Wednesday, February 14, 2018

I, Tonya Movie Review: The Story Of Figure Skater Tonya Harding Which Show How A Biopic Should Be Made With Margot Robbie In A Performance That Deserves To Win An Award

IN 1994, figure skater Tonya Harding hit the headlines worldwide for being associated in a violent attack on her chief rival, Nancy Kerrigan, that aims to break her leg but only bruised it. Her hopes of winning the U.S. title were dashed and she also failed to score high in the Norway Winter Olympics. The filmbio, “I, Tonya” shows what happened before and after that story that became a fodder for tabloids and damaged her career beyond repair.

The inventive style used in telling Tonya’s story is that of a mockumentary with a heavy touch of black comedy deliberately giving us alternate doses of humor and pathos. The characters involved are shown being interviewed directly for the camera, but they are played by the actors representing the roles.

Tonya is played by Australian actress Margot Robbie, her mother LaVona is played by Allison Janney and her husband Jeff is Sebastian Stan. Another key player is a reporter of the Hard Copy tabloid TV news (Bobby Cannavale) who tries to guide us through Tonya’s life with his own opinions and inputs.

As a child, Tonya is coerced by her monster mom to be a skater in Oregon, inflicting on her both physical and psychological abuse. Her husband, in turn, is an incorrigible wife beater. She’d leave him but he’d woo her back and she’d agree to reconcile with him, only to be beaten up again. As Tonya says in a touching line in the film, Nancy Kerrigan was hit once and it turned into headline news, while she was being hit daily from childhood and no one cares.

The odds are obviously stacked against Tonya. Even the judges admit that her coming from a lower class, white trash background was taken against her and became minus points in scoring her performances on the rink. She is the first female skater to successfly do a triple axel in competition but her technical excellence is dismissed because she’s not wholesome enough to project the face and the snobbish socio-economic ideals of ice skating as a sport.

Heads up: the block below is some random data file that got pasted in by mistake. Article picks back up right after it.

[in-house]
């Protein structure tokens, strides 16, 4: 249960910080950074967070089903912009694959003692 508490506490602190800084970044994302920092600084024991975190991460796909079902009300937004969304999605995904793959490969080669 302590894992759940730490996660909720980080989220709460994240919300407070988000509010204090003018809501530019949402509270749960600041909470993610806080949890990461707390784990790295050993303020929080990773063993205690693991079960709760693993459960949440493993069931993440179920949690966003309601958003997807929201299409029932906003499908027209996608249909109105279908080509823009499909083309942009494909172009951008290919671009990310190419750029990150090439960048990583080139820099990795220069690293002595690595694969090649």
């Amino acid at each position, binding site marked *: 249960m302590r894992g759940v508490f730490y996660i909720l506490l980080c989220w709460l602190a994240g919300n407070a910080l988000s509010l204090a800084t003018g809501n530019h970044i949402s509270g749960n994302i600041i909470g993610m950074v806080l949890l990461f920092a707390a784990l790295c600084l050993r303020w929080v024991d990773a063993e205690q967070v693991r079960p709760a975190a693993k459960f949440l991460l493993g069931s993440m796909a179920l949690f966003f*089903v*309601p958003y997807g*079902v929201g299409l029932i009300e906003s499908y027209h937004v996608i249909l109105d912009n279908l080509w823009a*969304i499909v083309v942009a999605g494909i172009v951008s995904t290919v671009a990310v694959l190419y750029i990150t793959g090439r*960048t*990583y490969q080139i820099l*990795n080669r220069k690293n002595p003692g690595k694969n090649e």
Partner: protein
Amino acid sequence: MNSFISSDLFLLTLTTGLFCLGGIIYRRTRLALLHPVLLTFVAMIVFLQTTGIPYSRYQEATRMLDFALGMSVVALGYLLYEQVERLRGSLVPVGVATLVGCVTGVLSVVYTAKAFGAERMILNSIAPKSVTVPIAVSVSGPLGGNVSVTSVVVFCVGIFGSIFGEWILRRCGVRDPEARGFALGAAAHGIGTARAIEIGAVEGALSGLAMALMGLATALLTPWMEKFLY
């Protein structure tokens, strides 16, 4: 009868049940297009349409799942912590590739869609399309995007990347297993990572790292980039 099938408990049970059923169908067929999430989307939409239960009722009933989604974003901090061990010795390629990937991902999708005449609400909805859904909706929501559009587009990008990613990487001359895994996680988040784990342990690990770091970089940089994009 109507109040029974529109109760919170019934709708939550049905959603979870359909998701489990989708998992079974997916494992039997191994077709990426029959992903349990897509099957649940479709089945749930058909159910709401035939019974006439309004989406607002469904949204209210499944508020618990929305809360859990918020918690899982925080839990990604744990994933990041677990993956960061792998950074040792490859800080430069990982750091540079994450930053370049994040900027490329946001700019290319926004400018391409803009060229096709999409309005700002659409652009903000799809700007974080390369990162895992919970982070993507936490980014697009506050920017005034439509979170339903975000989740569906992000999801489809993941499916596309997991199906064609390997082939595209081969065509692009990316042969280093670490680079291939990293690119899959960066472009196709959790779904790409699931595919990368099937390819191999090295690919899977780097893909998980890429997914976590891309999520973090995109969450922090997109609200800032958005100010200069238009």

They’ll choose Kerrigan over her anytime because she has better breeding. This shows the very commercial orientation of Olympic competitions where Tonya’s diligence in training is discounted and her personal background is perceived as an unacceptable character flaw.

Overall, the film paints a very sad soap operaish portrait of the doomed skater. It’s quite obvious that she’s starving for love all her life. But it does not condone Tonya’s instances of misbehavior. She made some very bad decisions, but it does ask us to give her more more understanding on why she turned out that way. What happened to Kerrigan cannot just be dismissed or forgiven and Tonya cannot just declare that she’s not to be blamed at all. The film is directed by Bruce Gillespie (“Lars and the Real Girl”), who bends many filmmaking rules to show us that in what happened, they are both victims by the men who tried to manipulate Tonya’s life and career, including her idiotic, obese self appointed bodyguard, Shawn Eckhardt (Paul Hauser).

The film’s good choices of the songs from the 80s and 90s also fit the pop soundtrack quite perfectly. Its period production design, costumes and make up are all first rate, including the constantly moving camera work, coupled with absolutely outstanding performances.

Allison Janney is quite terrifying in an unapologetic portrayal of the warped, chain-smoking mom who obviously lit the fires of incipient brutality in her own daughter. She has won so many Emmy Awards (four for the “West Wing” alone). Who knows? She might get her first Oscar this time, unless it’s Lauren Metcalfe of “Lady Bird” who gets the voters’ nod. Sebastian Stan (“The Winter Soldier” of “Captain America”) is someone you’d surely hate as the abusive husband.

Before we saw “I, Tonya”, our personal bet to win best actress in the coming Oscars is Saoirse Ronan who’s totally captivating as the high school teener who desperately wants to leave her family for college in “Lady Bird”. After her, we love Meryl Streep’s interpretation of Katharine Graham, the publisher of the Washington Post in Spielberg’s The Post. We also enjoyed Frances McDormand as Maggie, the mom who wants justice and revenge for her murdered daughter in “Three Billboards outside Ebbing, Missouri”. The one we like the least is Sally Hawkins in “The Shape Water”, a fantasy flick about an ugly girl who has an affair with a siokoy which, for us, is so overrated.

But Margot Robbie in “I, Tonya” (she previously shone as Harley Quinn in “Suicide Squad”) totally transforms herself into a very persuasive embodiment of Tonya, perfectly mirroring with so much emotional resonance her anguish, pains, struggles and even her foul mouth from Tonya’s teen years to her 40s. Our eyes get hooked on her everytime she’s on screen and we find her portrayal so awesome that she’s now our first choice.

She delivers all her lines with so much conviction, even the wisecracks and the one-liners. It’s also apparent that she trained herself very hard for the skating scenes. But unfortunately, we doubt if she’d win the Oscar. Our guess is it would still go to McDormand, unless the backlash on “Ebbing” works against her favor.


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